Friday, May 20, 2011

ALOTT5MA FRIDAY GRAMMAR RODEO II:  Ben Yagoda believes there's a time and place to put punctuation marks outside quotation marks:
The British way simply makes more sense. Indeed, since at least the 1960s a common designation for that style has been "logical punctuation." The best way to grasp this is to look at an example, such as what Slate commenter Dean Hamer wrote under a recent article about PBS and NPR:
[I]ronically, given the anecdote about "Tales of the City", PBS is the ONLY widely available channel that has any serious LGBT content; e.g. documentaries such as "Ask Not" and "Out in the Silence".
"Tales of the City" and "Out in the Silence" are units—consisting of the words and the quotation marks. Insinuating a period or comma within the unit alters it in a rather underhanded manner. American style is inconsistent, moreover, because when it comes to other punctuation marks—semicolons, colons, exclamation points, question marks, dashes—we follow British/logical protocol. Dean Hamer would pass muster in any U.S. newspaper or magazine, for example, if he were to write: I am a big fan of "Tales of the City"; did anyone else see "Ask Not"?

...By far the biggest fount of logical punctuation today is Wikipedia, which was started by two Americans but whose English-language edition is by and for all English-speaking countries. The site's style guide notes that "logical punctuation … is used here because it is deemed by Wikipedia consensus to be more in keeping with the principle of minimal change." That is, if you put a period or comma inside quotation marks, you are wrongly suggesting that the period or comma is part of the quoted material, and thus you have "changed" it.
However, Yagoda notes: "When I asked [the Modern Language Association's Rosemary] Feal and Carol Saller, who oversees the Chicago Manual of Style, if there was a chance their organizations would go over to the other side, they both replied, in essence: 'How about never? Is never good for you?'"

Survey says!  By a 60%-40% margin, y'all are cool with the British way.


  1. Dan Suitor11:13 AM

    I am completely with Wikipedia on this one. The purpose of quotation marks is to denote an unimpeachable unit, be it quote or title or what have you, and to add punctuation to that unit could pervert its intended meaning. Furthermore, it's much more logical to have concluding punctuation (periods, question marks, commas for clauses) on the outside of the quotation mark.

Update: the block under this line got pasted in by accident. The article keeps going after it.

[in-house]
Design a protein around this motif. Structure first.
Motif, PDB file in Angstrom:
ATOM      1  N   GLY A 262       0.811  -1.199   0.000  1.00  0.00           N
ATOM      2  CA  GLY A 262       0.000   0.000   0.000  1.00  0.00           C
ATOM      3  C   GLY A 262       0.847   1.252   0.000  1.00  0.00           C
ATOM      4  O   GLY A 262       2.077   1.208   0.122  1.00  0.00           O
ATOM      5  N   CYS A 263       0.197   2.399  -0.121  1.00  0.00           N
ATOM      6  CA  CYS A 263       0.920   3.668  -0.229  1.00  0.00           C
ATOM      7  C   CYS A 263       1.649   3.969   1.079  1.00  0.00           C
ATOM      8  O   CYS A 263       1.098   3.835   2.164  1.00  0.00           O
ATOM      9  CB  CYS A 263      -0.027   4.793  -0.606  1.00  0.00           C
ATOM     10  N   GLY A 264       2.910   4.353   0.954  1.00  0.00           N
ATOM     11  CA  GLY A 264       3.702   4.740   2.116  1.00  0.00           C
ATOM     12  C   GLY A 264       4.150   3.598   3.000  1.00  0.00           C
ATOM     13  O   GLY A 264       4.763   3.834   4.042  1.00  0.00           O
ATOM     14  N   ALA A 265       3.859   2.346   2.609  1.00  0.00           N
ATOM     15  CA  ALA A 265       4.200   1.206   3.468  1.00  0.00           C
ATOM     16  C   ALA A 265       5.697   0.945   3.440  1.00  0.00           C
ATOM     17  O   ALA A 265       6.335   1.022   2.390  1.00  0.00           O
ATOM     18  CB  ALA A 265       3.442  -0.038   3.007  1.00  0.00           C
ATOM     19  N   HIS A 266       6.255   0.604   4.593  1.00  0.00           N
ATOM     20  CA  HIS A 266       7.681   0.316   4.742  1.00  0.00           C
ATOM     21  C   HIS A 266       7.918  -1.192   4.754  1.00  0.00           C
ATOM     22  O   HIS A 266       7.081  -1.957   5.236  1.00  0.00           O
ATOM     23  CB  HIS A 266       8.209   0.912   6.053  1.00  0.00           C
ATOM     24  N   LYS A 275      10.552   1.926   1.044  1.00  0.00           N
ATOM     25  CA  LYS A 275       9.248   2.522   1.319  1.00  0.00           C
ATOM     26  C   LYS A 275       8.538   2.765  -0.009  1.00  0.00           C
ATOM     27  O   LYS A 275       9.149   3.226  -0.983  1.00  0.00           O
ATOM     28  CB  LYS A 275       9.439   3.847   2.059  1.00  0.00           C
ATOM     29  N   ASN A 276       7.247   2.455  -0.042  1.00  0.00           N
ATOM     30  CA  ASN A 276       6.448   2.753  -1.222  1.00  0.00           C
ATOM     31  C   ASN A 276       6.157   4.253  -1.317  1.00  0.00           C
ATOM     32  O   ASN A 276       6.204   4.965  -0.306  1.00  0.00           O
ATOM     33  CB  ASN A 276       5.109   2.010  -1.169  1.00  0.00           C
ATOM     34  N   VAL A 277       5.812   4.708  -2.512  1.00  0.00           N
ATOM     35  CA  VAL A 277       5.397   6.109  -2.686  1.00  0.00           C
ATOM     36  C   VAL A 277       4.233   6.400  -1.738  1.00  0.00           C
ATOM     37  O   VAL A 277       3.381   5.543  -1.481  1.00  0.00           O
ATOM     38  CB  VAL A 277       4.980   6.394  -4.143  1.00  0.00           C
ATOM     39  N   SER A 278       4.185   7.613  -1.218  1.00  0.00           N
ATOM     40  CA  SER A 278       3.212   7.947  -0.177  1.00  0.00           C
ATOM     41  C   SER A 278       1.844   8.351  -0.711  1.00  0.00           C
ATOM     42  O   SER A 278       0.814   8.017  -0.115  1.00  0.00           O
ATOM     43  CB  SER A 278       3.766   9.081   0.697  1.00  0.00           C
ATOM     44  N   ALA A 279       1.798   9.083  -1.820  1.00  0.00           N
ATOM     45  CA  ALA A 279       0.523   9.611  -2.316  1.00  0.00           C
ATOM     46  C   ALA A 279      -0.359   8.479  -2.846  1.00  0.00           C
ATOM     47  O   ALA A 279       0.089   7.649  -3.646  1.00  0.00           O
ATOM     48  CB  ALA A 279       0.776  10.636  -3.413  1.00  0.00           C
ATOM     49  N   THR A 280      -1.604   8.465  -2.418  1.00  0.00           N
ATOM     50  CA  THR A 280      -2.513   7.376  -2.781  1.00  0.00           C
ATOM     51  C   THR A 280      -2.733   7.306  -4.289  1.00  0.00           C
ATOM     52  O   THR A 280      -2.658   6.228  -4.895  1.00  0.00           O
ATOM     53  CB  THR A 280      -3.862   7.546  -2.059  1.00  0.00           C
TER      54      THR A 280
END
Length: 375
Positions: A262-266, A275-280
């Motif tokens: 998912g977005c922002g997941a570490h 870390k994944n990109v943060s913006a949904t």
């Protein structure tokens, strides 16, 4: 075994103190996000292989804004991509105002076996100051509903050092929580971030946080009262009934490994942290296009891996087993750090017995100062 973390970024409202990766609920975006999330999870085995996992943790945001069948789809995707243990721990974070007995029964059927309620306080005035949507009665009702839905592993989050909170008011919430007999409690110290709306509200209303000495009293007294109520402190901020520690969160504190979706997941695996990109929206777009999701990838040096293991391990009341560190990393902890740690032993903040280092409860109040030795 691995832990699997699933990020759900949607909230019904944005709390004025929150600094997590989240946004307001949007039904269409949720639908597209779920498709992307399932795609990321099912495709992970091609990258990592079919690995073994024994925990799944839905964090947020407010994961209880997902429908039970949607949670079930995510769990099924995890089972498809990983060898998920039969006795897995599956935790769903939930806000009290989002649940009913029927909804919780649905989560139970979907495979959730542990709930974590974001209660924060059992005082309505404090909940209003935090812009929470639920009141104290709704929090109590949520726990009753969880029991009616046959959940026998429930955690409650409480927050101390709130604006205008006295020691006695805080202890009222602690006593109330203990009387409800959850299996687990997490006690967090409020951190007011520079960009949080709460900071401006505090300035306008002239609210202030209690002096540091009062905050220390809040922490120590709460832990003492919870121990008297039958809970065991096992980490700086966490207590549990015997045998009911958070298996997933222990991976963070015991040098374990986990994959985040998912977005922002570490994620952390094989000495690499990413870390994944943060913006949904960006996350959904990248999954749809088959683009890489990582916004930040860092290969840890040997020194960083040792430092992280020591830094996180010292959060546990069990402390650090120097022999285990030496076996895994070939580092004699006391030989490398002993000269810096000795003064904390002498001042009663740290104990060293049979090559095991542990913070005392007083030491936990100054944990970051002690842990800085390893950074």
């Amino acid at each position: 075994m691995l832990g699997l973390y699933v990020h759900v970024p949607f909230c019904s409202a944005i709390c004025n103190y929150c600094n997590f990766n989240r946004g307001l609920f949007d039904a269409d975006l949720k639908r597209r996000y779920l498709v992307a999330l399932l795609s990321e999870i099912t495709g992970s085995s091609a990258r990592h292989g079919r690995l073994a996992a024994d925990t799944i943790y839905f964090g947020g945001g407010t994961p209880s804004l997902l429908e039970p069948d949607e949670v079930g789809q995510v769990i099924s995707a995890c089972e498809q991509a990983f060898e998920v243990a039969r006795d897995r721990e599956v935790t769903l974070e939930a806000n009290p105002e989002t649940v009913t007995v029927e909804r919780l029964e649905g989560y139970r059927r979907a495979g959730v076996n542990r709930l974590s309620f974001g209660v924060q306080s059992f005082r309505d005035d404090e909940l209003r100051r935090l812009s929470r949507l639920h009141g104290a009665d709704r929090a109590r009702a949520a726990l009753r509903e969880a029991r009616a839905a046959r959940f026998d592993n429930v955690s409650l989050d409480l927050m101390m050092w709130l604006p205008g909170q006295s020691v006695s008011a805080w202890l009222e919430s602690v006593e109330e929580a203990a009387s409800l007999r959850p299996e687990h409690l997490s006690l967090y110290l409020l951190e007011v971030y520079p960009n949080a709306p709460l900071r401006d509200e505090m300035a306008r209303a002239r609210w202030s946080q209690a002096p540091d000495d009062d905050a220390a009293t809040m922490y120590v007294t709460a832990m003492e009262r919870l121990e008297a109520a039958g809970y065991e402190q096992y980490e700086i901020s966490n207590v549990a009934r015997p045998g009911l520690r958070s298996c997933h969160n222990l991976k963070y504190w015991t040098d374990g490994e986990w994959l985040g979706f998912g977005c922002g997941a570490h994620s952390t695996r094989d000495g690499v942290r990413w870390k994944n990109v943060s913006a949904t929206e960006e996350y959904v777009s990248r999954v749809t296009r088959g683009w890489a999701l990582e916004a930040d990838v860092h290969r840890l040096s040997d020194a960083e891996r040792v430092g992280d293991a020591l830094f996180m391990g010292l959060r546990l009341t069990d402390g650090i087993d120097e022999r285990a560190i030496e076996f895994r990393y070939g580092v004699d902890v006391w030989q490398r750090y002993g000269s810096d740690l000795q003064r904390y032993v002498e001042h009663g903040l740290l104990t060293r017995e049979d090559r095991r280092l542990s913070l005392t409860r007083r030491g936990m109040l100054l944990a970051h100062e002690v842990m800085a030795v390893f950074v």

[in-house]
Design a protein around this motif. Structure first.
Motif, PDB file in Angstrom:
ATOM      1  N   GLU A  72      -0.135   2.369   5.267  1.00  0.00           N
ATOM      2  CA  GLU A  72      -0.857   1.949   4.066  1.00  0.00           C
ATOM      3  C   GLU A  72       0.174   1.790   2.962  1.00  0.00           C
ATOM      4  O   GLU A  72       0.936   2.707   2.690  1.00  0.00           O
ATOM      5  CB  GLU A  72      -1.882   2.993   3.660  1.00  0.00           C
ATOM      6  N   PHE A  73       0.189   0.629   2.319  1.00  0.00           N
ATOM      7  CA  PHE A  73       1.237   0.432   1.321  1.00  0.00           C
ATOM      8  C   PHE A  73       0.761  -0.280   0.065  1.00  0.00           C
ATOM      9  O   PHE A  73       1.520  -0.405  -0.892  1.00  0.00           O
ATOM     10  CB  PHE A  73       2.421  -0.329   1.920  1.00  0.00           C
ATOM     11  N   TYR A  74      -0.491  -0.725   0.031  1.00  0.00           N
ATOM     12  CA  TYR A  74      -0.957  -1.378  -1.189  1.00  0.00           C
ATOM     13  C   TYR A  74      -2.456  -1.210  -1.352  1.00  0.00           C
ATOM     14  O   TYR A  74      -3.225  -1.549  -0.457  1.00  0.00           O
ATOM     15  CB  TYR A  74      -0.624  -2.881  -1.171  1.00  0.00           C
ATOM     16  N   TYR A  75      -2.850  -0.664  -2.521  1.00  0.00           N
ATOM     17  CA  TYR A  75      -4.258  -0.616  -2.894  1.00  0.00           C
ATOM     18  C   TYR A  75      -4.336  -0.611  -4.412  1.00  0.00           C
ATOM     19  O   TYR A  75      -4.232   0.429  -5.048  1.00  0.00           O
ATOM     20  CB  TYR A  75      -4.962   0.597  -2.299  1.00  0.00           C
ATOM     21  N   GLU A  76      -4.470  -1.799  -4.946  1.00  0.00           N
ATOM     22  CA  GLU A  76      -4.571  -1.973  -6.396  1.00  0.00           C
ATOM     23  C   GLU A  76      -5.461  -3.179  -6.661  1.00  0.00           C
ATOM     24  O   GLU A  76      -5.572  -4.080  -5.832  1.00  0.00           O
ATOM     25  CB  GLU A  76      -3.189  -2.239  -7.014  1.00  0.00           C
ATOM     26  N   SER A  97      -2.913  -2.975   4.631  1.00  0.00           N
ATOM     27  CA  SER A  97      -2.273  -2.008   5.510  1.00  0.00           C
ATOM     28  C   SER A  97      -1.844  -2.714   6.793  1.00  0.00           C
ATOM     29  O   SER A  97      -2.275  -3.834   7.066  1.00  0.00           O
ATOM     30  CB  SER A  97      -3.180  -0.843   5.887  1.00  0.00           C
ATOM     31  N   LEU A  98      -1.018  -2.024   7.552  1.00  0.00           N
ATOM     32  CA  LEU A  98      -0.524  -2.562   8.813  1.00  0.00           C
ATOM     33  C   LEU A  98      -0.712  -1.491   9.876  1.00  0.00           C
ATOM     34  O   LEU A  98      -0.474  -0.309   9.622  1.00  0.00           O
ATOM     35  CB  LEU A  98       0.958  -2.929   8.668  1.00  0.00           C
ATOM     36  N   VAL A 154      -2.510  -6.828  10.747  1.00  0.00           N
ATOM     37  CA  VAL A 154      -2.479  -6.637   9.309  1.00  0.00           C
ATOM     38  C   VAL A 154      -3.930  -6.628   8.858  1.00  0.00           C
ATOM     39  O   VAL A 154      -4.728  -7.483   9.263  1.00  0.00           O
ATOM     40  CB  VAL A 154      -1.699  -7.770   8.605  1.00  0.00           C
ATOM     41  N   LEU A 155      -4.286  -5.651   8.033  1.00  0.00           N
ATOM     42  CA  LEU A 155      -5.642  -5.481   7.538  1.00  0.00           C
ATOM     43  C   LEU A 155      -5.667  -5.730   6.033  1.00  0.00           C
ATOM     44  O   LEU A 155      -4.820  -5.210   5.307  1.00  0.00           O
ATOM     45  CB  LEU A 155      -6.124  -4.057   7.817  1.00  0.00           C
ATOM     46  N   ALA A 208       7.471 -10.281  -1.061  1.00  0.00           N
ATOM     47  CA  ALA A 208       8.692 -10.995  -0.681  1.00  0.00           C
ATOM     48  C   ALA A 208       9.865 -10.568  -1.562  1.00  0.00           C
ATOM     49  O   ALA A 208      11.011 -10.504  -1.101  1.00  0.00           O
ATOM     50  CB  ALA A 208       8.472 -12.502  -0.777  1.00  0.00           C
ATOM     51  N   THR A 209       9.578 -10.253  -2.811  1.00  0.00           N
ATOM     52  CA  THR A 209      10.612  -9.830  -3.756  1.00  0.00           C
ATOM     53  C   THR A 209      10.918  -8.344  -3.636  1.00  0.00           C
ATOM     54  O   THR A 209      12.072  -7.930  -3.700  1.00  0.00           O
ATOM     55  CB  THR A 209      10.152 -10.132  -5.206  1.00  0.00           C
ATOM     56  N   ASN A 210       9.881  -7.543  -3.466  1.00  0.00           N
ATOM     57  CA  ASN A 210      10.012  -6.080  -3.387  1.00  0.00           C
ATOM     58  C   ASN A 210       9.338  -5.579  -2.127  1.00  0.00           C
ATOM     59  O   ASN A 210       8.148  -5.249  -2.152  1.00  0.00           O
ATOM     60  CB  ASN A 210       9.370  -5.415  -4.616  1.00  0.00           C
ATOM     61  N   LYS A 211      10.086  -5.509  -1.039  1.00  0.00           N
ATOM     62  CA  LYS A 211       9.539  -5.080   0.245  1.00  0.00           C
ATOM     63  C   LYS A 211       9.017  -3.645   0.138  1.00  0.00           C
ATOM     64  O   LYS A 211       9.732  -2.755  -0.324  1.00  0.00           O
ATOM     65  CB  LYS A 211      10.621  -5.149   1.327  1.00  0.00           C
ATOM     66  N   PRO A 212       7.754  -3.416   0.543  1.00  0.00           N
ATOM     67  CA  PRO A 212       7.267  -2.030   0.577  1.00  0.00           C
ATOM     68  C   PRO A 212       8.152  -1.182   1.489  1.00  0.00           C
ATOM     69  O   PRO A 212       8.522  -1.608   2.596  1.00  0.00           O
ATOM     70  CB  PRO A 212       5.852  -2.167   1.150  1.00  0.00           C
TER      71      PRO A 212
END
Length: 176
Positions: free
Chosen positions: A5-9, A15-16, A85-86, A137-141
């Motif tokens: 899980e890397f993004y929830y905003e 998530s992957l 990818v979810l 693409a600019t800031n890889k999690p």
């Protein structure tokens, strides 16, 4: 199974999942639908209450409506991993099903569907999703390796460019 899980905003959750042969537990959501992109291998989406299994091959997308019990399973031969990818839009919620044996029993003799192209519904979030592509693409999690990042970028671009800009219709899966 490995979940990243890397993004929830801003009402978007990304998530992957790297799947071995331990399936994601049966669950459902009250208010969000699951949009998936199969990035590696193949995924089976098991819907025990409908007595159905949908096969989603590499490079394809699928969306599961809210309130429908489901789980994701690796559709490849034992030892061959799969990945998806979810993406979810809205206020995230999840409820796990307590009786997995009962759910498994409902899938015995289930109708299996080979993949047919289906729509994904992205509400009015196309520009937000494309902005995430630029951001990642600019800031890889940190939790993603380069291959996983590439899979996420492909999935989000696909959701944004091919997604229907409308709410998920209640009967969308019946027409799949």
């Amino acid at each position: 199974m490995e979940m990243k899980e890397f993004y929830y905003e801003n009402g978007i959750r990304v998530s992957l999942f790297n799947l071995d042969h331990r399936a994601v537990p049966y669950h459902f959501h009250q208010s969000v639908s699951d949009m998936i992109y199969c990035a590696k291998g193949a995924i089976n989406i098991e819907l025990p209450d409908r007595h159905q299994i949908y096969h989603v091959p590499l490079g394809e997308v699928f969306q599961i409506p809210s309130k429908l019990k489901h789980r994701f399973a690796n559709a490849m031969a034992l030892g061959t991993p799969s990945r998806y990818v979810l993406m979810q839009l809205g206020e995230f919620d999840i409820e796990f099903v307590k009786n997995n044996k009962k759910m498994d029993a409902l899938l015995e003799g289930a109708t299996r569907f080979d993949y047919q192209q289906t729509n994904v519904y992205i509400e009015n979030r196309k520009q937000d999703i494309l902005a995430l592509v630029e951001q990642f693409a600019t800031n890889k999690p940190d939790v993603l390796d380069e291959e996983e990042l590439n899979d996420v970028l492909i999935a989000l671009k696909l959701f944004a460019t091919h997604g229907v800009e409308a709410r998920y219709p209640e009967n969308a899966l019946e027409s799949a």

Plus, you know, it just looks better.

  2. Benner11:41 AM

    It may be more correct, but I still can't get used to it.

  3. Punctuation outside the quotation marks makes me itchy, and makes me assume the writer doesn't know any better.

  4. I'm with those that want their punctuation inside the quotation marks...but honestly I know it's because I am a creature of habit. It's what I was taught, so it's what I look for and it seems wrong to me otherwise. That said, I understand the logic behind the counterargument.

  5. tortoiseshelly12:00 PM

    If I'm being honest, I could go either way here, though I'd probably tip towards the logical punctuation. I have more of a dilemma with punctuation/parentheses.

  6. ChinMusic12:13 PM

    This approach just makes sense.  My only question (which I admit, might be addressed if I clicked on the links) is what happens when the quoted material does contain punctuation.  Do you add additional punctuation after the quotation make to denote the end of the sentence?  No matter what the answer to that questin, I would endorse this approach.

  7. Robin1:19 PM

    This is one of the things that I really didn't like doing for law review, but over the course of two volumes I got  brainwashed into thinking it is absolutely correct.  Calling it "logical puncuation" is kind of obnoxious, though.

  8. isaac_spaceman3:50 PM

    No matter how sensible and logical her comments, and they usually are thoroughly both, I always think that Robin is shouting them and waving her arms like a crazy woman when she says them, because of the avatar.  I read the above as "THIS IS ONE OF THE THINGS THAT I REALLY DIDN'T LIKE DOING FOR LAW REVIEW!!!!!?!?!!! AAAARGH!!!!," etc.